A couple of weeks ago, we looked at trends and trendlines. We talked about how trendlines are line "non-horizontal" support/resistance levels. Well, think of moving average lines are like "flexible" trendlines. They help you see the trend that's "hidden" amongst all the noisy short-term price fluctuations.

Unfortunately, unlike trendlines and resistance levels, there are an unlimited variety of moving averages that you could look at. There's the 50-day MA, the 200-day MA, the 20-day MA, the 9-day MA, etc. Going beyond that, there are Simple Moving Averages (SMAs) and Exponential Moving Averages (EMAs) (and still others beyond those!). How do you choose?

The general rule is simple - the longer your time horizon, the longer the MA period you should use.

Are you a buy-and-hold investor? Use longer term MAs like the 50-day and 200-day ones that I like to write about. Are you a day trader? Use shorter term MAs like the 4-day and 9-day ones that John mentioned.

Note however that while longer-term investors can generally ignore short-term MAs , the reverse is not true. Even day-traders should be aware of where important long-term MA levels are. Resistance from the 200-day MA can impact day traders too.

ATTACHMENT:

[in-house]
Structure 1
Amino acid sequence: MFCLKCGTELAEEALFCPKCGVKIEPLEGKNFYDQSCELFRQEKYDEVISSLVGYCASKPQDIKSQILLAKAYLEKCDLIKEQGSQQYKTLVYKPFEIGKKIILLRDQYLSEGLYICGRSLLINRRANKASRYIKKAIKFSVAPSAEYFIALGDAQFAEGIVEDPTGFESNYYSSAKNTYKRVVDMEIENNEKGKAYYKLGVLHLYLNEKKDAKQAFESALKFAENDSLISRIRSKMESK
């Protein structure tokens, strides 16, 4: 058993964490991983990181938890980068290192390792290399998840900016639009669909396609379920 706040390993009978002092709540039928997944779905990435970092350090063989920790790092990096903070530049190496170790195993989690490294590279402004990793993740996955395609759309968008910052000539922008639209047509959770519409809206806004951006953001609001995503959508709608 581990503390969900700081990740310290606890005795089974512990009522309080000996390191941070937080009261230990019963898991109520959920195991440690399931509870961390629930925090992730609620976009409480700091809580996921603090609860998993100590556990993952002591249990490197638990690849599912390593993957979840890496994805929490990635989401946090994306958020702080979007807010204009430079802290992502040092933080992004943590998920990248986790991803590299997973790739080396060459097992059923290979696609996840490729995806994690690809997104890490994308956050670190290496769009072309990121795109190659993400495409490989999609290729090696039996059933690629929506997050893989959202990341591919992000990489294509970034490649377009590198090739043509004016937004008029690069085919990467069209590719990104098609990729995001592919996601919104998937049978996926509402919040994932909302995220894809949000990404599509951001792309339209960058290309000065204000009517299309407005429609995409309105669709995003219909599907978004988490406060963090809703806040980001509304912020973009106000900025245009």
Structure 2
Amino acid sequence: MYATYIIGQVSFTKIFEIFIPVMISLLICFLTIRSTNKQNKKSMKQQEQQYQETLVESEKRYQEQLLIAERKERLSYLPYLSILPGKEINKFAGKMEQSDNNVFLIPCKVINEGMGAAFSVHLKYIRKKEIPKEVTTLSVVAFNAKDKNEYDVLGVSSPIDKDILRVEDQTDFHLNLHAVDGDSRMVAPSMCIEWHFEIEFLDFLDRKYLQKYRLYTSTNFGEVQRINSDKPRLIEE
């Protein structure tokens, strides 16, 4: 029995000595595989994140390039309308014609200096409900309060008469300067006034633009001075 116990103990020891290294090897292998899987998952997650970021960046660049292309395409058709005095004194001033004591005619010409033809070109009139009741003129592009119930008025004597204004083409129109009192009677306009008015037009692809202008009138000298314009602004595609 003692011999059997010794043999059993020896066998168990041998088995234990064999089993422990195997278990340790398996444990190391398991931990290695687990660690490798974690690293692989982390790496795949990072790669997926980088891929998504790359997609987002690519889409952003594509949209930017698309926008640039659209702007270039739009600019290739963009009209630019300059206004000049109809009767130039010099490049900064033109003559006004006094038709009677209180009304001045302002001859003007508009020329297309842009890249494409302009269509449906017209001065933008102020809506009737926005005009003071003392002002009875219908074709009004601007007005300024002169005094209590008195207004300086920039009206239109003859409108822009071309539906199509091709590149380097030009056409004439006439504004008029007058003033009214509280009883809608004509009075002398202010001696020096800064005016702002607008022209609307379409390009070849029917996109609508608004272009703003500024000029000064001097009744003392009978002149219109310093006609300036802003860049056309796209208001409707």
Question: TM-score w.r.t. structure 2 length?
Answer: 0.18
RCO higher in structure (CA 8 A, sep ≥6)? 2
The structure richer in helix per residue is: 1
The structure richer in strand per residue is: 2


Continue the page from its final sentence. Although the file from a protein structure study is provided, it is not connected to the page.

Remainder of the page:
The help see how different MAs work, I often look at something I call an "MA Ribbon Chart". It contains a series of MAs - each with a slightly different period setting:

As John mentions in Law #6, MA Crossover signals can be very useful in trending markets. That where you focus on the points where two different MAs intersect. When the shorter MA moves above the longer MA, a "buy" signal is given. When the shorter MA moved below the longer MA, a "sell" signal is given. Here are some examples:

As you can see, shorter MAs periods lead to more signals. You'll need to take some initiative here and experiment to see what combination fits your trading goals and style. Fortunately, makes it very easy to try whatever combinations you want.

Finally, don't forget to watch the 50 and 200-day MAs. Why? Because lots of other people watch them and thus, they often act like important support and resistance zones.

Next week: Law #7 - Learn the Turns